Television screens are noticeably getting bigger these days. South Korea’s average screen size is a staggering 54 inches today compared to its 2010 average screen size – which was a more modest 44.5 inches.
The US and China expect to have an average screen size of 52 and 54.1 inches by the end of 2020. In it’s December issue, IHS Markit has reported that globally, the shipments of 60-inch-plus TVs had seen an increase of more than 40% in Q3 of 2018 alone.
This solidifying trend has two explanations that make sense, one being that TV manufacturers are expecting larger revenues and lower manufacturing costs squeezed by competition, and the other one being that the shift in increasing screen sizes is linked to social, cultural, and technological trends.
The marginal development seen in the recent history for TVs is off it losing the focal point in homes due to the rise of smartphones and tablets. As smartphones and tablets work as solitary devices used in bedrooms, the television in the living room has grown to be more a communal centre, leading its size trend being pushed upwards.
Paul Gray, the Research and Analysis Director for IHS Markit’s TV division explained to Forbes that this process has been helped by market declines for second and third TV sets. “There is something in your idea about tablets and smartphones, we see that the secondary set market is definitely shrinking, and this removal of small sets from the mix also accelerates average size growth,” he says.
IHS Markit affirms that one of the reasons for the increase in size can be linked to “substantial over-investment in capacity in China.”
Additionally, the LCD industry is able to generate more revenue per meter square if they build bigger screens. When looking at it through the technological aspect, it can be seen that the addition of new-visual technologies ranging from Ultra HD to a Higher dynamic range is a driving force for consumers.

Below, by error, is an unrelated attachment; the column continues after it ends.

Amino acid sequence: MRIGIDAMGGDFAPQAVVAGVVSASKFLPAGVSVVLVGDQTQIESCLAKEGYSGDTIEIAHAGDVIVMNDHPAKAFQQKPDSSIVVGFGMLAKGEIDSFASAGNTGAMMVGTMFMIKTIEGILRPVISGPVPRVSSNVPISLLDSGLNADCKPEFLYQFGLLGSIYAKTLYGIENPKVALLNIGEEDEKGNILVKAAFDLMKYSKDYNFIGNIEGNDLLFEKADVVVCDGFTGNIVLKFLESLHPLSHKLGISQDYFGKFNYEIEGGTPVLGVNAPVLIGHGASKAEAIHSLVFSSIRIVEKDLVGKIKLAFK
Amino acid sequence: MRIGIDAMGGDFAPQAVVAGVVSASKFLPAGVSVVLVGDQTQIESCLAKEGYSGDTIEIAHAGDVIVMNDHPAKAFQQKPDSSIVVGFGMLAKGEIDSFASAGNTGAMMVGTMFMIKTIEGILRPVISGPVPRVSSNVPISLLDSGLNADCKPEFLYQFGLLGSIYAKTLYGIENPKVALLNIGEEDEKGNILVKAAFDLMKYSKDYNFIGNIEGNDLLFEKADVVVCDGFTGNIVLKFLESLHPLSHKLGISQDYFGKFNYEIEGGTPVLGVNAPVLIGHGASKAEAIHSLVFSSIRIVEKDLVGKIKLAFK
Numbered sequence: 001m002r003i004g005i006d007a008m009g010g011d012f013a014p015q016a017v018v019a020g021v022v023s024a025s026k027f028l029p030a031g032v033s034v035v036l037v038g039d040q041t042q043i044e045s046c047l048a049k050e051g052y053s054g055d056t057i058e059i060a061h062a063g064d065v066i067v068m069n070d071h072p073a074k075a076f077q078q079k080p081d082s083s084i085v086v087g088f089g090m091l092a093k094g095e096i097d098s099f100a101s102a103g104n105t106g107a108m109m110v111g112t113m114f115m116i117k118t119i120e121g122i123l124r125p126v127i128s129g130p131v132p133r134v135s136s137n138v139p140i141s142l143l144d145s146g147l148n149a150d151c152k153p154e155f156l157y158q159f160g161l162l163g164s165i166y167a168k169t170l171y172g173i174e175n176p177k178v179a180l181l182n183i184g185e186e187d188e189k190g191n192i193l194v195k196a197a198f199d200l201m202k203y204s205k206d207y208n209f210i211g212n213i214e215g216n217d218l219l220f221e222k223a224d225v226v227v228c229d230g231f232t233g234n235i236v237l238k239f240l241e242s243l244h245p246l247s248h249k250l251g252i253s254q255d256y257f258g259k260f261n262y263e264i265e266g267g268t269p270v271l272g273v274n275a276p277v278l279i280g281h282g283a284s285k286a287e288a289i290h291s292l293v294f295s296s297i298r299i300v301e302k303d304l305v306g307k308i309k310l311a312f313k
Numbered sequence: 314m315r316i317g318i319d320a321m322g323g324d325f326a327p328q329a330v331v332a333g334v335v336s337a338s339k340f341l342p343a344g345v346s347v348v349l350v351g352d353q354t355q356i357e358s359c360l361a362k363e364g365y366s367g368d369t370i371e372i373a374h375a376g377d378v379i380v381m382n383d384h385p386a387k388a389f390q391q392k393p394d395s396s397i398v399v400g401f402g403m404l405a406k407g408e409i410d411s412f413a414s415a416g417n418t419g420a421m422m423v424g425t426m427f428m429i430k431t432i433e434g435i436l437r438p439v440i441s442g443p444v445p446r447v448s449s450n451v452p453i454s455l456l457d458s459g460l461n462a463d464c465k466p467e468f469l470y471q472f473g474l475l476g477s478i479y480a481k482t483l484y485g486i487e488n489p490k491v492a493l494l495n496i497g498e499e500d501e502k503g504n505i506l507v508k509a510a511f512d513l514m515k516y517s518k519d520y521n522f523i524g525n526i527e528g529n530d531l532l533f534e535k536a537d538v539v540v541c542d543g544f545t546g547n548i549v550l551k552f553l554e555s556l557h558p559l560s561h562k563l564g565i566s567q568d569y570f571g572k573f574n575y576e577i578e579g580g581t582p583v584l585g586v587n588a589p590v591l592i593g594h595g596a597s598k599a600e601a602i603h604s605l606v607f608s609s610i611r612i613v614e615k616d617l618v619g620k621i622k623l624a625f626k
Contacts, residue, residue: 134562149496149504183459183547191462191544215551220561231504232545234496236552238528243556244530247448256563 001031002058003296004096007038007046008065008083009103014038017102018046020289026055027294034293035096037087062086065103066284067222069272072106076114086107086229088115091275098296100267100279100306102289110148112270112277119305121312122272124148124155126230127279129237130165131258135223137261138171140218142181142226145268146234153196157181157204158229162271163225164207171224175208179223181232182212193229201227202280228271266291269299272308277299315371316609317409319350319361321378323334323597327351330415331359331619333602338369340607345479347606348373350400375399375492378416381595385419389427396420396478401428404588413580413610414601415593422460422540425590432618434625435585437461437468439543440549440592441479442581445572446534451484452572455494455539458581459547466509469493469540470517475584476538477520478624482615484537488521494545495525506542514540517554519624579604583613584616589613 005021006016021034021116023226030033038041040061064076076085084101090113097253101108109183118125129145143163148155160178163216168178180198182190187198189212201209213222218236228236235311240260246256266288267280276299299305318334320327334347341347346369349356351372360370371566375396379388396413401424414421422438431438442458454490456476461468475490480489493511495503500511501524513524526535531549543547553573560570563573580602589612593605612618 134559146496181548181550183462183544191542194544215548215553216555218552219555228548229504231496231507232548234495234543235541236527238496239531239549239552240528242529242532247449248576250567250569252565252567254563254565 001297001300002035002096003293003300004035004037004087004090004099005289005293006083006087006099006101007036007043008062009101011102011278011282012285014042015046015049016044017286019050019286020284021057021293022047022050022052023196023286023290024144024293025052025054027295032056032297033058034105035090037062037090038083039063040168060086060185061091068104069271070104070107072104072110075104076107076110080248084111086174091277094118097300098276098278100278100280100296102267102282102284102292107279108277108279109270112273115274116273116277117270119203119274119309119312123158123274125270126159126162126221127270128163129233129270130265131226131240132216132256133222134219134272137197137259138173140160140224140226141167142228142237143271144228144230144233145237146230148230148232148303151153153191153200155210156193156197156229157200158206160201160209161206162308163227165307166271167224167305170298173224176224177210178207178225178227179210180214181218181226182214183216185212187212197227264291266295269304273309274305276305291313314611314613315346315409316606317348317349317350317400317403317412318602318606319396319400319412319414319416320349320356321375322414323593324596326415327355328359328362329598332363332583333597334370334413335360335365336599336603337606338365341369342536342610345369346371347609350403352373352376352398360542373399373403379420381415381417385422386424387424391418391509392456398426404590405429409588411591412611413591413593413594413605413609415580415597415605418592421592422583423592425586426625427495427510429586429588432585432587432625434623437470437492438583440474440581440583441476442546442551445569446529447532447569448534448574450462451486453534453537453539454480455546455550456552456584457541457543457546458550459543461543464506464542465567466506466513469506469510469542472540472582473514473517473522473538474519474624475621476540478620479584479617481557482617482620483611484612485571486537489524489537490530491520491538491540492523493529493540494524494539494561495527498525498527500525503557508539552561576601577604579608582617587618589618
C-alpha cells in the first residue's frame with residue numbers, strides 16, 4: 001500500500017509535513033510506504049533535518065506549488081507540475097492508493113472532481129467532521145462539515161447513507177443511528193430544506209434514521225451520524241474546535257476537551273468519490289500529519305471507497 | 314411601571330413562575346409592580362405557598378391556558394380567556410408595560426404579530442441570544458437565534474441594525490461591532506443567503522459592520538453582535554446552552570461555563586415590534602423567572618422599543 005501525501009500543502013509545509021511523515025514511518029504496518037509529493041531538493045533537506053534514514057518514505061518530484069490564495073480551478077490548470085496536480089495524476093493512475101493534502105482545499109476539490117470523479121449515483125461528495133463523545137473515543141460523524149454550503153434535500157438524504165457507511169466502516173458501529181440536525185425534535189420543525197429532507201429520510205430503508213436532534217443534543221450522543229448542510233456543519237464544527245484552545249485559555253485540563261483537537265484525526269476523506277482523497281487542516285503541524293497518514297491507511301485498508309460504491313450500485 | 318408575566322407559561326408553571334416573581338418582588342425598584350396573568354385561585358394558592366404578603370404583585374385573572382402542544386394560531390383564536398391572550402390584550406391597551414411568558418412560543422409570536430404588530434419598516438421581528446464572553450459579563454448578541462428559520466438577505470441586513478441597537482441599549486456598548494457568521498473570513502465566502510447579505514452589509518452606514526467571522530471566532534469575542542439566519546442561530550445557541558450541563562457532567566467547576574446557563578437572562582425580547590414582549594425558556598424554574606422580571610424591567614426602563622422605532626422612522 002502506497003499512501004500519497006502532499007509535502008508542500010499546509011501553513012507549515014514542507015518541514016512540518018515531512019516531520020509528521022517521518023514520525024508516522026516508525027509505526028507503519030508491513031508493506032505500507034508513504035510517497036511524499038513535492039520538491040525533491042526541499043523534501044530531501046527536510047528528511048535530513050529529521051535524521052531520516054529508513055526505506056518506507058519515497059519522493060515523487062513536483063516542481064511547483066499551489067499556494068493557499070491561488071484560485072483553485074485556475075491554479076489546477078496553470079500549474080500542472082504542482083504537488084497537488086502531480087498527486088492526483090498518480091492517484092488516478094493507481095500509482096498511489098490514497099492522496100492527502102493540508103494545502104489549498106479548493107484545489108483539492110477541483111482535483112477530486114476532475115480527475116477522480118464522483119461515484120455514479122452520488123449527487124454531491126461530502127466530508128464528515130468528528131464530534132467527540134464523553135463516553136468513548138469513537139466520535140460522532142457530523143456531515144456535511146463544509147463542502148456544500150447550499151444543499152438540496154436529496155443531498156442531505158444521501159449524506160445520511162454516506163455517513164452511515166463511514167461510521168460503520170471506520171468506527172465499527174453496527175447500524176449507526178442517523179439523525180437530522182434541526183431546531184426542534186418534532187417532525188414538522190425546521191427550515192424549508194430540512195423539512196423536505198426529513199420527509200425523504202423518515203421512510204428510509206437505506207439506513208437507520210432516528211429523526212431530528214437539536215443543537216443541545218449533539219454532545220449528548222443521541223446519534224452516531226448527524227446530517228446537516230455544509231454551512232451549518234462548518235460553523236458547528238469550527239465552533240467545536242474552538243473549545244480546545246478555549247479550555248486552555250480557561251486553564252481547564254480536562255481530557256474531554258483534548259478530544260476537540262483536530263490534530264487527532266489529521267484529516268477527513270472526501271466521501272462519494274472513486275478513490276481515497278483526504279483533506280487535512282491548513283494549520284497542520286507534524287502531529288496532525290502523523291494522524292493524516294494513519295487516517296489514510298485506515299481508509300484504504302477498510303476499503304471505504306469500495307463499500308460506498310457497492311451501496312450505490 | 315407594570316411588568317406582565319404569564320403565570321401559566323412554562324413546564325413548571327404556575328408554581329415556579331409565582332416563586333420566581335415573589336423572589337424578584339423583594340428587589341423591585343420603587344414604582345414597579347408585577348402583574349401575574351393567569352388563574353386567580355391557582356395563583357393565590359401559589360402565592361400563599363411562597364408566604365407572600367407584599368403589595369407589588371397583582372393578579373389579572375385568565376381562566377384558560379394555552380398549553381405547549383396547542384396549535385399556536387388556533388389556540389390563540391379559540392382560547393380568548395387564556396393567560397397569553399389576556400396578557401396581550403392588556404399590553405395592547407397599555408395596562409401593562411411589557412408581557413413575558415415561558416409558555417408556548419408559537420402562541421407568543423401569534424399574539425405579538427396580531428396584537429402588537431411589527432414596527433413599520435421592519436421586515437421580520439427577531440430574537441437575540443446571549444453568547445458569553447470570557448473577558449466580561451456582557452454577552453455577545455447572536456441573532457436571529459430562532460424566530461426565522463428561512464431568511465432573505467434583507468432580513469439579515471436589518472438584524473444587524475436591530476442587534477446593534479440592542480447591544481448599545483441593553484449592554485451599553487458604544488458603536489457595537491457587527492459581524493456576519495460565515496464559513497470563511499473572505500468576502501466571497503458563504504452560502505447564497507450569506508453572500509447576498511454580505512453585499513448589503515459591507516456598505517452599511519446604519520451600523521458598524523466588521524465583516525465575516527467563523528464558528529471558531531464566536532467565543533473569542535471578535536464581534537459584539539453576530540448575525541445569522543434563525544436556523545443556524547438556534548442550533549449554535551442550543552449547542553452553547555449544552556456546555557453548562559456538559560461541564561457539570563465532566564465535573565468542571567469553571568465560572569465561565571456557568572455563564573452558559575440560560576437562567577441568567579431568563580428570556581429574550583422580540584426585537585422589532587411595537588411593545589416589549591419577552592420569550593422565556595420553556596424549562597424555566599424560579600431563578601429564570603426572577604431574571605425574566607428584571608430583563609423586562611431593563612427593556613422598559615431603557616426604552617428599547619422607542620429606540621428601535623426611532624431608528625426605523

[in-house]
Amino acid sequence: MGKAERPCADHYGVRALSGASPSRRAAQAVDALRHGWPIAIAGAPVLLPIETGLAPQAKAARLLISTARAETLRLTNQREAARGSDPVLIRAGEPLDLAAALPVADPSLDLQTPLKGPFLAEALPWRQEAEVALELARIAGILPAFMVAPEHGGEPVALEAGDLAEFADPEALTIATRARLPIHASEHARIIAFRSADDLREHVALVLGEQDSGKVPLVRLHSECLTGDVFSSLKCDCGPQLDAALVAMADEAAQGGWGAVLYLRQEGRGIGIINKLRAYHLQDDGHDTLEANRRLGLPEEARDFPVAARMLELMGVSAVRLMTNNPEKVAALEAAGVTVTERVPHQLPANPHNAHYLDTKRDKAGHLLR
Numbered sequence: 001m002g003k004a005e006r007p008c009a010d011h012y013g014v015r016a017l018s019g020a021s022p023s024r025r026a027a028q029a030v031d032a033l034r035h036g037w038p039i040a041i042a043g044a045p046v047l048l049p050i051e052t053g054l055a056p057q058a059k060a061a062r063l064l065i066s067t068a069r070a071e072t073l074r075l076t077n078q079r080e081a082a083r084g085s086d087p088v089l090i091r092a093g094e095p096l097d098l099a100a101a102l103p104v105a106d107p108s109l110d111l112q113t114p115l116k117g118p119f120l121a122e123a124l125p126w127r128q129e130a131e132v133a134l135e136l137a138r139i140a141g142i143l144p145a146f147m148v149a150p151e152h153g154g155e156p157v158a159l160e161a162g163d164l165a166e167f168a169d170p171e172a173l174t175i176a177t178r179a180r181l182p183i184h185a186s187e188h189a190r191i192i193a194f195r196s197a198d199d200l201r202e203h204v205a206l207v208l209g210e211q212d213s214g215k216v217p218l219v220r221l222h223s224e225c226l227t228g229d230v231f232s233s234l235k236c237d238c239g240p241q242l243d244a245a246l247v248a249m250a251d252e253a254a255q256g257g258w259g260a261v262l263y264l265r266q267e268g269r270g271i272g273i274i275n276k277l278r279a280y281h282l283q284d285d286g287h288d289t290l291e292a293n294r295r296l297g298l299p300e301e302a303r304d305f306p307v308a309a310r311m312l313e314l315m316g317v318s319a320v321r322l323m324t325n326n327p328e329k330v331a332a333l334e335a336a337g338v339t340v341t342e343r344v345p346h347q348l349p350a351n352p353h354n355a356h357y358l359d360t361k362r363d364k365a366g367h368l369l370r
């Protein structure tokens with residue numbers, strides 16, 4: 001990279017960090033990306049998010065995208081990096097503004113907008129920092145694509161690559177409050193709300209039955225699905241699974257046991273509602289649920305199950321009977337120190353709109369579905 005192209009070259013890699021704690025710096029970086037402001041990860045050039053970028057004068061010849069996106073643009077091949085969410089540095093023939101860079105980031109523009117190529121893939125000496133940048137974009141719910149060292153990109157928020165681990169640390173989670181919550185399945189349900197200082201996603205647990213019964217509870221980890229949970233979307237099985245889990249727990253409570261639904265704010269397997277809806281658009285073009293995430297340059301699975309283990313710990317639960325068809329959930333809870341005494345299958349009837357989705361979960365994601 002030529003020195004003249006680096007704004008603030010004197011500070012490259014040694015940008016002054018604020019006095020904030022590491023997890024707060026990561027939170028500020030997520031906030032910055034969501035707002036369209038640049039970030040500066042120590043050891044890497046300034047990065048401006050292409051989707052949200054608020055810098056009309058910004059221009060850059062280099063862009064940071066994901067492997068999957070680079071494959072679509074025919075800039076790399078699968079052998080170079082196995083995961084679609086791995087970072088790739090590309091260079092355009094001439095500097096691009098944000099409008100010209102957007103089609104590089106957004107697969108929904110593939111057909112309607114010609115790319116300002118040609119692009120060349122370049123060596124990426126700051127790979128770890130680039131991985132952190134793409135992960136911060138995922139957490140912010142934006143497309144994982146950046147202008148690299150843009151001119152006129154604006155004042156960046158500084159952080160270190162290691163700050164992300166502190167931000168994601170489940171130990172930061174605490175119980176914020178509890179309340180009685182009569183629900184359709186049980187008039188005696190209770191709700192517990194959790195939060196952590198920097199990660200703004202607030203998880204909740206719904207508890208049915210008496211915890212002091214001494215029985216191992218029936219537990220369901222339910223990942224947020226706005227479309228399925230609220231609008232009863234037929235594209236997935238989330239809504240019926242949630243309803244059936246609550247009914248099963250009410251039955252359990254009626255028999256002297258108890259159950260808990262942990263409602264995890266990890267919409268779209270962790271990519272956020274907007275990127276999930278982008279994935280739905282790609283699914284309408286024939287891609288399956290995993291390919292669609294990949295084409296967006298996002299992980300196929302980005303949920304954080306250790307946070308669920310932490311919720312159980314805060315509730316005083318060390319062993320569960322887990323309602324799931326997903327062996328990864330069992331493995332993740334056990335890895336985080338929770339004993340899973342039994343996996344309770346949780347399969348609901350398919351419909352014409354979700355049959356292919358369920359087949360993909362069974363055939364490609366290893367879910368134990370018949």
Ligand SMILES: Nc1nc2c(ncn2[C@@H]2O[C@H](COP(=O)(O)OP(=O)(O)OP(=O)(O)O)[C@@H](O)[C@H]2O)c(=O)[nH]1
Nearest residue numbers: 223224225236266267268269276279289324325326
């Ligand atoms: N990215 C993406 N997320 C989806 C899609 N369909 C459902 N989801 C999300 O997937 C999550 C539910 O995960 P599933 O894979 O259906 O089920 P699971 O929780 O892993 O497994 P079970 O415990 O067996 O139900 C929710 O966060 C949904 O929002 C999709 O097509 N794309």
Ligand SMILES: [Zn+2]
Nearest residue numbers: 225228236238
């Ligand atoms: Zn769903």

“Screen size and picture quality are driving consumer purchase decisions, instead of price,” said Stephen Baker of the NPD Group in a published report about TV ownership and trends.
This new age technological development can also be seen from the content space, with Netflix and Amazon Video’s growth in streaming services. These platforms are pumping millions of dollars to churn out high-quality content with a cinematic scope that makes consumers want to watch it on a screen that will do justice to the content.
Another factor that is pushing rapid content consumption in the upward direction is the increasing culture of “staying in.”
A study by Mintel from June 2018 showed that 55% of Americans would rather prefer to drink at home versus going out. Adding to this, restaurants in the US have seen a surge in the number of customers choosing home deliveries compared to dining out.
So just how big is big enough? Probably when there’s no space for the couch? Until then, expect bigger screens in the future. This trend is here to stay.